Centuries ago, pilgrims in their thousands were finding their way to Bardsey Island, drawn there by stories of the special peace to be found at the edge of the western world – drawn to the place of the setting sun, with only the vast ocean between them and the unknown.
Today a route has been waymarked, linking ancient churches dedicated to the saints of the 6th century whose gentle faith, entwined with a sense of the beauty and wonder of nature, still echoes with us today.
Basingwerk Abbey, Holywell, in the north east of Wales, marks the start of the Pilgrim’s Way. The route leads through woodland and over rivers, up mountains and along coast paths, through wilderness and into villages. It celebrates the heritage of those Celtic saints whose stories are lost in the mists of time but whose memory reverberates in ancient churches and at holy wells along the way.
The Pilgrim’s Way is a walking route of over 130 miles. Tiny stone churches nestled into the hills provide shelter and rest along the Way, much as they would have done in the past. Now the tradition of pilgrimage is being rediscovered and reinvented for a new age. Present day pilgrims have described the experience as “resetting the defaults,” as “time out” and “a time to wander and wonder.” We may indeed wonder as we encounter the 12 foot high cross at Maen Achwyfan – a thousand years old, carved with Celtic knotting and still standing enigmatic and isolated in the middle of a field – with its mix of Christian and pagan symbols. We may wonder, as we pass the stone circles above the Conwy valley, about life all those years ago. And we soak up the beauty of the Welsh landscape.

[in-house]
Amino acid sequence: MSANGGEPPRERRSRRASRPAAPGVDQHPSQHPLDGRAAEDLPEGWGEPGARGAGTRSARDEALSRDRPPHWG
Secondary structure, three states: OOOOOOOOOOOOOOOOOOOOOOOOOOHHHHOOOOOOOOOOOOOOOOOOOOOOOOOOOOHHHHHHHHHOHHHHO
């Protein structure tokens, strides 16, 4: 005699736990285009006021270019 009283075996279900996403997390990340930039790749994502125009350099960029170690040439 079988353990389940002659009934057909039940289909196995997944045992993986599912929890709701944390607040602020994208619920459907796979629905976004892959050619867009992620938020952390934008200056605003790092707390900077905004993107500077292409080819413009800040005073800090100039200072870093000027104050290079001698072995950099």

To go on pilgrimage today is to go on a walk with an extra dimension. Engaging with the challenges of the terrain and the weather, everyday preoccupations are swept away and the pilgrim is caught up in the bigger picture. Perspectives change, priorities reassessed. To cross the sea in an open boat and arrive on Bardsey Island itself is the pinnacle of that experience. And to carry home that peace and quietness is the gift that remains.